Absence of within-colony kin discrimination in behavioural interactions of swarm-founding wasps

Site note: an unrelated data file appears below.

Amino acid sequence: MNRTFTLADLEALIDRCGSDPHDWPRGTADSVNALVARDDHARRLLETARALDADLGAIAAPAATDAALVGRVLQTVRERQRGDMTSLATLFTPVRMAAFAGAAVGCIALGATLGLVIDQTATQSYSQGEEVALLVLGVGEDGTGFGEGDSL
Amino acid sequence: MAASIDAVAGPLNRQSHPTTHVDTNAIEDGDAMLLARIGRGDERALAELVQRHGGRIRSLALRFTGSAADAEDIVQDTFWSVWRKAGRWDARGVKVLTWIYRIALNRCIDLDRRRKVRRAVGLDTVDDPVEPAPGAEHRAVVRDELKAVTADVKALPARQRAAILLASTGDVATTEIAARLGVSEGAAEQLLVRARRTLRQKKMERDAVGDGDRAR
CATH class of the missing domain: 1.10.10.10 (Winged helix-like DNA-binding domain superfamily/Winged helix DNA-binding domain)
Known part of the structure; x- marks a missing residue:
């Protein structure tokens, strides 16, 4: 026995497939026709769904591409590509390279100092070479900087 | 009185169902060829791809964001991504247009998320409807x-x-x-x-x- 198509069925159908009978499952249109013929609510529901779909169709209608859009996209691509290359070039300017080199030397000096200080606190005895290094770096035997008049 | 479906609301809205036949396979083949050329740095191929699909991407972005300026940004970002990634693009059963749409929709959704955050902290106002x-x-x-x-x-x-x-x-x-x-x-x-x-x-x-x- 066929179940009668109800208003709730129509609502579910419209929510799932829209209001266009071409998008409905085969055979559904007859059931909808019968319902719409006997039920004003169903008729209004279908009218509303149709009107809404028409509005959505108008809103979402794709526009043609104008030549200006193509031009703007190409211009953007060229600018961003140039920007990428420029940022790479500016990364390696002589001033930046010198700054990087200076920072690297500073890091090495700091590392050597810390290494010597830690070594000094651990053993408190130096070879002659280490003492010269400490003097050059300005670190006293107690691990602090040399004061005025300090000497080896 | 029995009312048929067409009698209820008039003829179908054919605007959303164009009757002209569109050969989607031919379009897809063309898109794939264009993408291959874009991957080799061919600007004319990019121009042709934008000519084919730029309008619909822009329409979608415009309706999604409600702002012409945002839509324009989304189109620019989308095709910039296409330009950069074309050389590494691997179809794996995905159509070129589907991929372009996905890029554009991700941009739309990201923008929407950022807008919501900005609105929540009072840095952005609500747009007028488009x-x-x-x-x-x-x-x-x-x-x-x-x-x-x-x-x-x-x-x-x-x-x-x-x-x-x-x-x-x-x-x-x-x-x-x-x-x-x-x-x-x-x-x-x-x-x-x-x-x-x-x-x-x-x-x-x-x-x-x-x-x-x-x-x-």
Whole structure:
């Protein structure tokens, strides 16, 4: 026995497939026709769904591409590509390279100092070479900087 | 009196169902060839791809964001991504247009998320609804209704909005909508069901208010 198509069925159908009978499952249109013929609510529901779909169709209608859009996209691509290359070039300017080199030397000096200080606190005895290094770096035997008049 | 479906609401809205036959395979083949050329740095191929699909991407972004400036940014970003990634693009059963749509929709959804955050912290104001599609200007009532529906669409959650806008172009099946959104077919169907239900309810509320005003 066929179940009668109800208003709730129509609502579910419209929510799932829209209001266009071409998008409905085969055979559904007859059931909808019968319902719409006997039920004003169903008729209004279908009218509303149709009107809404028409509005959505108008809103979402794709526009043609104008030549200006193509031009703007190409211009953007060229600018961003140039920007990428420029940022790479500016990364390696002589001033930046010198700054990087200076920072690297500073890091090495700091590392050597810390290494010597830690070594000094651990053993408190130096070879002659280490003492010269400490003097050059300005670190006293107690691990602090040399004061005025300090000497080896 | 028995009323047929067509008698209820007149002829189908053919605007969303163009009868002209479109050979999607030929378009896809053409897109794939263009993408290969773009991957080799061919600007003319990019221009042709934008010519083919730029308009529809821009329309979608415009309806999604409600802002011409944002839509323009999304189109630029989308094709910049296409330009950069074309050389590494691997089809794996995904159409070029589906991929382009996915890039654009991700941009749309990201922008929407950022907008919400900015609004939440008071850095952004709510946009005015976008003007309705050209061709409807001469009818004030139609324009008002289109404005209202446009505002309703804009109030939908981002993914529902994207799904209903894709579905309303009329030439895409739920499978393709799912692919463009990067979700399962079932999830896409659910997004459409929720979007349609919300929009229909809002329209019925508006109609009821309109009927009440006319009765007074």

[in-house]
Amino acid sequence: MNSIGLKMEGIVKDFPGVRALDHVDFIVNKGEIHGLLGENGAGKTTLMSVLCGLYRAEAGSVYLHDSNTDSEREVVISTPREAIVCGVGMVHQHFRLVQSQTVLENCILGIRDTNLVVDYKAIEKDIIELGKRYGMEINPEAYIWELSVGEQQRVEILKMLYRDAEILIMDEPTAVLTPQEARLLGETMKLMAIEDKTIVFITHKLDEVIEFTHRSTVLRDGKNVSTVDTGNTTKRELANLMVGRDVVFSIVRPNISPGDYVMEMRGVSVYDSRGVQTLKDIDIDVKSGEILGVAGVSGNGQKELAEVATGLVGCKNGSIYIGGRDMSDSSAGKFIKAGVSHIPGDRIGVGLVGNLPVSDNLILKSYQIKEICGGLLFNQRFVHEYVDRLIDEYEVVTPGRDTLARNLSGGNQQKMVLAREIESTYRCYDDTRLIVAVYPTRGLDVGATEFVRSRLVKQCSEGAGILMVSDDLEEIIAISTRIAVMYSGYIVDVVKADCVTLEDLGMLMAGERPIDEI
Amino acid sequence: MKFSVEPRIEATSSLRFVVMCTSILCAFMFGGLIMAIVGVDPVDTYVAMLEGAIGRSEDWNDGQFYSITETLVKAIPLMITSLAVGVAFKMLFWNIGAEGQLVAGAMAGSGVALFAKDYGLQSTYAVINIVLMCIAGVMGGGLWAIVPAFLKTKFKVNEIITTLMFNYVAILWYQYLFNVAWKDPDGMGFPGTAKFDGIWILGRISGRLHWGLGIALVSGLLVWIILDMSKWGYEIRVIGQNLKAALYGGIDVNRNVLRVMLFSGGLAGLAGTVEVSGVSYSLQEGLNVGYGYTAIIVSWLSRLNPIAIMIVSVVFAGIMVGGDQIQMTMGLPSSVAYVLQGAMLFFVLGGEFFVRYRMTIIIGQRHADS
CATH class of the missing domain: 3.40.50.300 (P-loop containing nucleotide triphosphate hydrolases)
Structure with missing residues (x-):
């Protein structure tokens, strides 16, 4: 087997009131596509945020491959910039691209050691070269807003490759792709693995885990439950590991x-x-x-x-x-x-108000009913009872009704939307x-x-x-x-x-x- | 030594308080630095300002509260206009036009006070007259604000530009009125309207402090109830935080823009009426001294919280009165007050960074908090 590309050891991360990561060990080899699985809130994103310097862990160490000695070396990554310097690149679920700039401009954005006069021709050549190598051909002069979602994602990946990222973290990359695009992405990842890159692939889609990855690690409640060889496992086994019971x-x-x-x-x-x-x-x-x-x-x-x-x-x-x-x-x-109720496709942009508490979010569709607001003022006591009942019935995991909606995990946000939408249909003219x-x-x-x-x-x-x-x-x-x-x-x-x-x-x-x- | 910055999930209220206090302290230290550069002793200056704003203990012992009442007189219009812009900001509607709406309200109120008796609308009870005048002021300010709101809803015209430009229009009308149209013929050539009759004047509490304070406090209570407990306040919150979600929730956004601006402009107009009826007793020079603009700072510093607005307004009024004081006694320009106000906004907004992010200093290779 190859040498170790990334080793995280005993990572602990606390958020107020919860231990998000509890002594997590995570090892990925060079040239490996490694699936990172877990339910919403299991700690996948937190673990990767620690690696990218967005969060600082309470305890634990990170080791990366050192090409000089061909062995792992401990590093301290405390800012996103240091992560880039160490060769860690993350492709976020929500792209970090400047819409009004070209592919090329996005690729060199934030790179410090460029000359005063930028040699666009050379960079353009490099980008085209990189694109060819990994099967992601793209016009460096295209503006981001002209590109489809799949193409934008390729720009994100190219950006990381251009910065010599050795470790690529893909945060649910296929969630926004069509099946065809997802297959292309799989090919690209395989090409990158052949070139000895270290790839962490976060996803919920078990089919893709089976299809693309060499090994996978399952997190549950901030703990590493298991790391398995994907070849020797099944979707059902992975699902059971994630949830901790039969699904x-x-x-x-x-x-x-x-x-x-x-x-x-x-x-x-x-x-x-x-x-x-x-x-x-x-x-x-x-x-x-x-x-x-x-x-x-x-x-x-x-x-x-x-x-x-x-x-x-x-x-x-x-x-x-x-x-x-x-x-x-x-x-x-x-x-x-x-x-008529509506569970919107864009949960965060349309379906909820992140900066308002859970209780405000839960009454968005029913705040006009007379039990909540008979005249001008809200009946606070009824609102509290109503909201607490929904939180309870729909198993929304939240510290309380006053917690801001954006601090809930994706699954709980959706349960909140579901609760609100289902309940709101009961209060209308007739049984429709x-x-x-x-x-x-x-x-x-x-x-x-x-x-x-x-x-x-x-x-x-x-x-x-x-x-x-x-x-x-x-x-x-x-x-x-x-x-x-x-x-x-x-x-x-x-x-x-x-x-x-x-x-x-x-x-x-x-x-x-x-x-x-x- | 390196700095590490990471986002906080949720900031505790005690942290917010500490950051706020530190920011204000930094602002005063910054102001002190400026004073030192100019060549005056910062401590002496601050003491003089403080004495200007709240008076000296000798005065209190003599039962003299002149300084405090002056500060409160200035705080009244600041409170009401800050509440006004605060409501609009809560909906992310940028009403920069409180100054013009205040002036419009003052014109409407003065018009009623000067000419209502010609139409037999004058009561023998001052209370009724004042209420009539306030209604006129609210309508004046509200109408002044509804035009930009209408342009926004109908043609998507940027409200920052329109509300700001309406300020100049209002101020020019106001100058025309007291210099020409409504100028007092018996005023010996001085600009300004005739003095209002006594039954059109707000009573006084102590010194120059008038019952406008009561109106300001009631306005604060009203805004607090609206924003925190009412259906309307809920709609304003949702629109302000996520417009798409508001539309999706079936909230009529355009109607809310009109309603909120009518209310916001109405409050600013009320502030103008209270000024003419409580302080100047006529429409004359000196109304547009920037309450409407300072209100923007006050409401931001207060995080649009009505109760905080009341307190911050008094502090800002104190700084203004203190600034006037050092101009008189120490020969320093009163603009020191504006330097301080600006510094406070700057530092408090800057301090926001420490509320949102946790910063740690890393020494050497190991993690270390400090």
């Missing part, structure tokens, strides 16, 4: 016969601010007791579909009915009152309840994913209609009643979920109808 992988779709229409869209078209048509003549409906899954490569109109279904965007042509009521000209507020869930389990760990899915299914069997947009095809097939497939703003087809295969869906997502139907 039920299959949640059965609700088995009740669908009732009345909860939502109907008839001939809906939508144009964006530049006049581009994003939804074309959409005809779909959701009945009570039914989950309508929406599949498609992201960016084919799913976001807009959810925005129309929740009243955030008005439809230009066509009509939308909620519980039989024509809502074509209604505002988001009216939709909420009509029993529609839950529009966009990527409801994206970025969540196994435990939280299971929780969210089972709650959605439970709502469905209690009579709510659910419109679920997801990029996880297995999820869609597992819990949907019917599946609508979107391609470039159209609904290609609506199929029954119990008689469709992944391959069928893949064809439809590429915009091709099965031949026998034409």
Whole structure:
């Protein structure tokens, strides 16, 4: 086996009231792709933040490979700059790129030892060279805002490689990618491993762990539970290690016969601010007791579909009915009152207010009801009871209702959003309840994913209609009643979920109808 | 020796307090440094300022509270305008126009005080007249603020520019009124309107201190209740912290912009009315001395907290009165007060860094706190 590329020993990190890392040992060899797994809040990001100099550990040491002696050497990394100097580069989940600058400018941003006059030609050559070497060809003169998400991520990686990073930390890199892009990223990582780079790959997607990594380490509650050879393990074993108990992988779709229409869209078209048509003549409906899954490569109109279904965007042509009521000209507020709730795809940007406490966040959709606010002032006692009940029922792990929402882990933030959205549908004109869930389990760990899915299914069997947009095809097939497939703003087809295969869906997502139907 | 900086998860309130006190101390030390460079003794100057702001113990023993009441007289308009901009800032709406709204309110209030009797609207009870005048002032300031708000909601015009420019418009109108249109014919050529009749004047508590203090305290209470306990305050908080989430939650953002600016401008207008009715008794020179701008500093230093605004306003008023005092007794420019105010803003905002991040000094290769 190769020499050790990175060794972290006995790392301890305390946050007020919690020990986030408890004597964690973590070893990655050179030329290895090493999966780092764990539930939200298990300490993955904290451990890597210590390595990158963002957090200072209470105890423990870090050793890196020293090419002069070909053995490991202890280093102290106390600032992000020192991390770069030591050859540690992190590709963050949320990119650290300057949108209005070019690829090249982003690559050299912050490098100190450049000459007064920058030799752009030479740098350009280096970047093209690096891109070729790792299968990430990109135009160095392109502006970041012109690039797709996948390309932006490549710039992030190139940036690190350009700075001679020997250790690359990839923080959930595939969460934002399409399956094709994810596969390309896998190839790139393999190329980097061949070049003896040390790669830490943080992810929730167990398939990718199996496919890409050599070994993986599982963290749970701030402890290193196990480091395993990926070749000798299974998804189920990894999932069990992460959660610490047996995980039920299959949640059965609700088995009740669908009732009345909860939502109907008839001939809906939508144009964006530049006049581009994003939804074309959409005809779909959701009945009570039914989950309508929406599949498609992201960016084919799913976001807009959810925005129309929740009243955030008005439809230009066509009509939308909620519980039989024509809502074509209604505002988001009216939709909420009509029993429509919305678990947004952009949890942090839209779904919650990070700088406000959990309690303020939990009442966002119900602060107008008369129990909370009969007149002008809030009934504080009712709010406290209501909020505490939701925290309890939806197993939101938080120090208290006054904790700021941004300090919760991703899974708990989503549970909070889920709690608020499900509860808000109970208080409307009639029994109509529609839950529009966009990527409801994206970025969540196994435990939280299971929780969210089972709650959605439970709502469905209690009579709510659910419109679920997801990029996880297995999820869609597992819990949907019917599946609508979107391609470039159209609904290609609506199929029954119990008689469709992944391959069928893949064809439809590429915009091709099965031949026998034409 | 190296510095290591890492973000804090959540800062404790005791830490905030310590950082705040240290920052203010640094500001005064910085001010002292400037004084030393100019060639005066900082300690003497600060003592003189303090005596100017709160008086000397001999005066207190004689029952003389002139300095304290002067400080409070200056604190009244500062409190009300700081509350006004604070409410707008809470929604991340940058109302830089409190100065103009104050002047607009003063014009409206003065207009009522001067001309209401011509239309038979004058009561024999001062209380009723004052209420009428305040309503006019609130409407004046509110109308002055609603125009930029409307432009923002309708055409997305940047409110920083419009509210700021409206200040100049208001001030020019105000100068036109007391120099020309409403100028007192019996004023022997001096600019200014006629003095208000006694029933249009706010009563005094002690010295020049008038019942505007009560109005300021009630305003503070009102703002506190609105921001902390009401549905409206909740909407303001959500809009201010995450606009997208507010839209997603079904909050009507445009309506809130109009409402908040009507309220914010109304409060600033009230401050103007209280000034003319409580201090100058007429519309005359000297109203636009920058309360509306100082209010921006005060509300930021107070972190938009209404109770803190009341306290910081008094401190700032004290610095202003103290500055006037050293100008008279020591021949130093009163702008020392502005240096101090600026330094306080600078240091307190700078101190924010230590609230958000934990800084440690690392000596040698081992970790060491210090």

ABSTRACT Within-colony kin discrimination has not been demonstrated conclusively for any social insect, perhaps partly because highly polymorphic genetic markers necessary to assess within-colony relatednesses have only recently become available. We use microsatellite loci to investigate within-colony kin discrimination in behavioural interactions in the neotropical multiple-queen wasp, Parachartergus colobopterus. Within-colony kin discrimination would be particularly advantageous in this species since average genetic relatedness among colony members overall is low (0.32 =/- 0.06), compared to the relatedness value between full sisters of 0.75. Using seven colonies of individually marked females, we recorded behavioural interactions that were cooperative (222 grooming, 2438 feeding), aggressive (511 body or wing biting, 240 mandible biting) or neutral (1676 antennating). We expected cooperative behaviours to favour closer kin and aggressive behaviours to be directed towards more distant kin, but found that none of the behaviours we investigated showed discrimination on the basis of relatedness. We could have detected a difference in relatedness values of as little as between 0.03 and 0.12, depending on the behaviour being analysed. Thus, we found no evidence for kin discrimination in within-colony behaviour in this species.

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